And because Petrobras is currently entangled in a corruption scandal that involves charges of money laundering and organized crime, Sete Brasil has been forced to consider different avenues to obtain financing. In February, Sete Brasil said it was seeking conclude a long-term credit line with the Brazilian Developmental Bank in addition to obtaining new lines of short-term financing to satisfy its debt to Sembcorp.


Korean Shipyards Empty

By MarEx 2015-07-29 16:17:15

The three largest ships yards in the world are in Korean and they are struggling for work and losing lots of money.

Daewoo Shipbuilding and Marine Engineering, Samsung Heavy Industries and Hyundai Heavy Industries (HHI) say it is due to plummeting oil prices and delayed offshore projects. The giant yards are reporting significant losses in 2015’s second quarter– Daewoo leads the way reporting a 3.03 billion KRW ($2.62 billion) operating loss. Samsung reports1.55 trillion KRW loss while Hyundai says it lost 171 billion won. The combined losses is the 4.75 trillion KRW or $4.1 billion.

Daewoo cites delays in the construction of gas oil rigs as well as lower freight rates in the cargo markets. Korean yards invested heavily in oil and gas rigs around 2010 in an effort to circumvent competition with the Chinese yards. Oil prices were sitting at about $100 per barrel at the time and the industry was booming.

The maritime sector on whole has been sluggish due to the global recession and economic slowdown. China has been the world’s workbench for the last decade or so. It shipyards have been some of the busiest in the world, but oil prices have plummeted by 60 percent and demand for drilling rigs and ships has slowed.

The 2nd quarter losses for the three Korean giants were Daewoo’s 2015 Q2 revenue fell 63.1 percent, Samsung’s revenues fell 44.8 percent, and Hyundai posted a 240 KRW loss down from last year’s loss during the same period of 489 KRW.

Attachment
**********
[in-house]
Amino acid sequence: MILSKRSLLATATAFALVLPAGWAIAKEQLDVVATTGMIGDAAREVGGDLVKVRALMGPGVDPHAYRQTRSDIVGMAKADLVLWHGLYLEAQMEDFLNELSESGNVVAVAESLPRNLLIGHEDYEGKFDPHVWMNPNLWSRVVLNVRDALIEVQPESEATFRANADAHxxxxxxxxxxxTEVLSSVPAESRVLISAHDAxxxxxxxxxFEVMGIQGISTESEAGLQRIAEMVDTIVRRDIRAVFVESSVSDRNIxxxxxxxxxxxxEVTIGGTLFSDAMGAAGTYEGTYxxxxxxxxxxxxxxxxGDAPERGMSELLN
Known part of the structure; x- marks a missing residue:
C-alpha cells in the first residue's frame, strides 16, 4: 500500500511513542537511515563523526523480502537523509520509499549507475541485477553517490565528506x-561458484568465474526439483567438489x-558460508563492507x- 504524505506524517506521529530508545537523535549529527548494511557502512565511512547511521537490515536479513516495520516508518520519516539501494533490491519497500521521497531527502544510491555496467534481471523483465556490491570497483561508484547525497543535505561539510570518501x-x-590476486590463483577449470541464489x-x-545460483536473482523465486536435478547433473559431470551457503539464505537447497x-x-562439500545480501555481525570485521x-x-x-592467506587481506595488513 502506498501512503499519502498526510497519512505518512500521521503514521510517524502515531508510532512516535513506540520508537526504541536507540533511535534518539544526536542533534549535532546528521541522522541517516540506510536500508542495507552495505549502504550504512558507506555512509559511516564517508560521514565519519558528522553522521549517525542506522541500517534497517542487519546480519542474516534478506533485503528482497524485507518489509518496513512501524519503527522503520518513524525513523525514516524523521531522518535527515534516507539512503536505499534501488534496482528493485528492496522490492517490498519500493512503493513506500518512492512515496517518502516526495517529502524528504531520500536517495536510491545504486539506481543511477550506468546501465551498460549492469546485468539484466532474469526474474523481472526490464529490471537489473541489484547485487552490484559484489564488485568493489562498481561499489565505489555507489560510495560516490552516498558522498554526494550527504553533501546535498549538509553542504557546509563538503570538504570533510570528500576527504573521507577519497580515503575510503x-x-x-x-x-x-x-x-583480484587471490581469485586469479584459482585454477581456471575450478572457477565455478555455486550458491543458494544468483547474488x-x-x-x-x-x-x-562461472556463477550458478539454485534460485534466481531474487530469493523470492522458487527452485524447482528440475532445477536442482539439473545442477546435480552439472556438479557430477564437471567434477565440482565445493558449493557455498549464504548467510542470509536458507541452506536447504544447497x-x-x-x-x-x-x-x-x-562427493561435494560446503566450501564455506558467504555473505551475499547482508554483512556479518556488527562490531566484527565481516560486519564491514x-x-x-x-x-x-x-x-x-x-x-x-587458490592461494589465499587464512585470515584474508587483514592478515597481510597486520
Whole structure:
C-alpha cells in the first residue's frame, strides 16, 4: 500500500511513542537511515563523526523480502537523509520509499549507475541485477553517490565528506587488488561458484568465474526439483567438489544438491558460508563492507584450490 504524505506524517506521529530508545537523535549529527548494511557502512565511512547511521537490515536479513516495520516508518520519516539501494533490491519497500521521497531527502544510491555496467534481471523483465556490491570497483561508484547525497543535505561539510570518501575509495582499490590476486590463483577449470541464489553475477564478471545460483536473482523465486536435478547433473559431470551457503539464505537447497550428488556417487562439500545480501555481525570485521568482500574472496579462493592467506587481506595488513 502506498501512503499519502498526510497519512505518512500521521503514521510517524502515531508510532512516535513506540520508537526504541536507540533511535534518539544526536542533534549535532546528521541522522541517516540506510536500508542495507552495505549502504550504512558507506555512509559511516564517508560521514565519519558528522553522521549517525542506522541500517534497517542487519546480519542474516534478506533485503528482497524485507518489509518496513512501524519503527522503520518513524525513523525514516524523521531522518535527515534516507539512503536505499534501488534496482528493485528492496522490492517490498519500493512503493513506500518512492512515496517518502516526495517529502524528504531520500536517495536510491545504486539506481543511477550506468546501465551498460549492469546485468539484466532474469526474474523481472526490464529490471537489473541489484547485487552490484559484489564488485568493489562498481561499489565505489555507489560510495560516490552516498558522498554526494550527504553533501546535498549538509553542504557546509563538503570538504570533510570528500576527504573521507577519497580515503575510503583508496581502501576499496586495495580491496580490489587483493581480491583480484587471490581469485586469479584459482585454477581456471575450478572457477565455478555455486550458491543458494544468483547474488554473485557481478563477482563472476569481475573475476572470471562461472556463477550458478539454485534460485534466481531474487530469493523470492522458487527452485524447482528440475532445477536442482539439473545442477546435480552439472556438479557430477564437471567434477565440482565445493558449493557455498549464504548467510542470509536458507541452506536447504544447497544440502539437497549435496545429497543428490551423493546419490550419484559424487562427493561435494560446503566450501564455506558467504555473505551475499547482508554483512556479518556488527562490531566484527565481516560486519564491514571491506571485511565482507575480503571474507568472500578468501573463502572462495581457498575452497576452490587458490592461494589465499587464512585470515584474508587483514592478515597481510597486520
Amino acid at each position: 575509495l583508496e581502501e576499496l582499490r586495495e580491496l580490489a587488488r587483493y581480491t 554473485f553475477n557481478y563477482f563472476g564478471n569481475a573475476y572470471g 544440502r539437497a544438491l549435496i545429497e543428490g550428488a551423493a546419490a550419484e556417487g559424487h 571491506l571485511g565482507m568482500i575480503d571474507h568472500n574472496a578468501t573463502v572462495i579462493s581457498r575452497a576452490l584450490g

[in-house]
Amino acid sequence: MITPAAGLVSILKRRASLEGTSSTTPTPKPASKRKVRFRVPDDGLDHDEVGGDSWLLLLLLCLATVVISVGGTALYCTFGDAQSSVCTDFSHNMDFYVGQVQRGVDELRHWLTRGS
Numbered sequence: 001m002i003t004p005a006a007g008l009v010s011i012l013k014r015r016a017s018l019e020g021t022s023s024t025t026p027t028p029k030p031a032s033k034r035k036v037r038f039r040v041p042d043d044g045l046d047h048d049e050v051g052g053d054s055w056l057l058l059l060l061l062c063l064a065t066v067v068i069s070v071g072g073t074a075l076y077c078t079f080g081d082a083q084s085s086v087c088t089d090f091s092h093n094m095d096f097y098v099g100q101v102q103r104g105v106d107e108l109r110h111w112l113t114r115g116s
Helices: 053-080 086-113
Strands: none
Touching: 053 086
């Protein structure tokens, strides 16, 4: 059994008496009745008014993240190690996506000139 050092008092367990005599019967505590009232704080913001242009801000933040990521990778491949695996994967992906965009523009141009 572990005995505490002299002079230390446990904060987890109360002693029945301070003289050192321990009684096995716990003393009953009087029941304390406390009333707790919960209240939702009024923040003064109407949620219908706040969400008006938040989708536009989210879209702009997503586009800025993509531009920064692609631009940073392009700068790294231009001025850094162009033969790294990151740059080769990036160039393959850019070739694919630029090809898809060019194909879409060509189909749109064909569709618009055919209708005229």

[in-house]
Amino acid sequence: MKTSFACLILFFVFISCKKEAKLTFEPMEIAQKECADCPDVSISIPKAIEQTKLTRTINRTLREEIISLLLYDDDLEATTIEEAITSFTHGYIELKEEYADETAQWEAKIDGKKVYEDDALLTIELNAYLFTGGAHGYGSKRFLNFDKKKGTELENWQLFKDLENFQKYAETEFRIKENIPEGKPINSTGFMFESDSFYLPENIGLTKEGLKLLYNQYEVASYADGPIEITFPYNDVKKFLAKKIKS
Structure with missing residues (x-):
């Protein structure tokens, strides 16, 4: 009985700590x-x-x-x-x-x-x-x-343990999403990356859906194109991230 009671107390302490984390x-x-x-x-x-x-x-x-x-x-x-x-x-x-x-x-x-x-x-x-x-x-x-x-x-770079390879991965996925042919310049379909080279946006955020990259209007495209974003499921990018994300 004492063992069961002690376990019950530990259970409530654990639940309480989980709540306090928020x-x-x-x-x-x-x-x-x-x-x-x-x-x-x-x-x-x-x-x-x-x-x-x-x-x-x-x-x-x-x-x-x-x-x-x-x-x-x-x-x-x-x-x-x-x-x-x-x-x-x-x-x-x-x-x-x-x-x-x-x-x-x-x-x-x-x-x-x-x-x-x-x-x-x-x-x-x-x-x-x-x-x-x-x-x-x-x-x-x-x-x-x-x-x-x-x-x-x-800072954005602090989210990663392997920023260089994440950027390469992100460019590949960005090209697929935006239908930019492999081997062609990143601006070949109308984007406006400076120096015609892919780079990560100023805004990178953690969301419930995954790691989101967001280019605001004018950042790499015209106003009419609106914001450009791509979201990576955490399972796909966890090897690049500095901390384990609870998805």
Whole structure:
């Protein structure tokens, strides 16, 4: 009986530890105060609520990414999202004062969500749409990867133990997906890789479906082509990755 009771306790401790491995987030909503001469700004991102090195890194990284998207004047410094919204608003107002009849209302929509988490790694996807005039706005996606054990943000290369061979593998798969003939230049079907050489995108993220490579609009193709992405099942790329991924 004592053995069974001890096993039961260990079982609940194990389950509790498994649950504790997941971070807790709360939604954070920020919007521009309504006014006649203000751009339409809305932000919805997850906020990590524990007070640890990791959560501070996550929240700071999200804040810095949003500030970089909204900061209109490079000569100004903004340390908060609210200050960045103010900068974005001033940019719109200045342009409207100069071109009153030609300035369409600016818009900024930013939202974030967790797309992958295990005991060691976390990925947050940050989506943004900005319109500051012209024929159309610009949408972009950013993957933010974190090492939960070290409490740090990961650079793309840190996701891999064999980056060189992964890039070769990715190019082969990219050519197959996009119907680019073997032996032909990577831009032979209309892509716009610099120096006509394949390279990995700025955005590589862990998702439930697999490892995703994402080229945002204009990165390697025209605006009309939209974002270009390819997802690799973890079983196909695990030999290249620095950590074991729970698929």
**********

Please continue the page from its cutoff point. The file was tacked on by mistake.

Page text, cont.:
Nigeria LNG Receiving Four Vessels

By Reuters 2015-07-29 15:20:11

Nigeria Liquefied Natural Gas Company (NLNG) expects to take delivery of four LNG carrier ships before year-end and another two next year, its chief executive said, positioning the state-backed gas exporter to expand its share of the growing market.

NLNG signed agreements with South Korea’s Samsung Heavy Industries and Hyundai Heavy Industries in 2013 to acquire six LNG carrier ships, costing more than $1.2 billion, to boost its fleet of 23.

It had tapped South Korea Export and Import Bank and other lenders to fund the construction, CEO Babs Omotowa said.

Omotowa said the global market for LNG – natural gas that has been cooled to a liquid form, which shrinks the volume and makes it easier to store and ship – was forecast to grow to 430 million tonnes per year by 2030 from 230 million now.

Nigeria, with the world’s fourth-biggest LNG plant, wants to capture some of that by expanding its market share to more than 10 percent – a spot it held in 2008 – from 7 percent now, Omotowa said, without giving a time frame.

“With our growth projects train 7 and train 8, we hope to expand our capacity by 40 percent and take us back to over 10 percent,” he said in an interview in Lagos, referring to NLNG’S gas liquefaction production lines. NLNG, located on the Atlantic basin, has the capacity for 12 trains.

NLNG, owned by Nigerian state oil firm NNPC, Royal Dutch Shell, France’s Total and Italy’s Eni , has the capacity to produce 22 million tonnes of LNG a year. The company, set up 15 years ago to produce the gas for export, did not give current capacity figures.

It has long-term supply contracts with Spain’s Repsol, Italy’s Enel, Britain’s BG Group, France’s GDF Suez and Portugal’s Galp. It also sells on the spot market.

Nigeria, one of the world’s top-10 gas rich countries, has estimated reserves of 180 trillion cubit feet, Omotowa said, but it converts only about 1.5 trillion cubic feet per year to LNG.

NLNG, which generates more than $10 billion in annual revenue, is also sponsoring the construction of the first major ship yard in Nigeria at a cost of $1.5 billion, in order to develop capacity for maintaining large vessels at home.

Omotowa said LNG exports had not impacted domestic supply. The domestic gas market had been held back by a lack of infrastructure including a functional rail system to ferry gas around the country and government funding challenges, he said.

Gas demand in Africa’s most populous nation is expected to rise to 3 billion standard cubic feet (scuf) per day by 2017 as gas-fired power plants ramp up generation, industry officials say. Demand has risen to 1.2 billion scuf per day, from 300 million six years ago.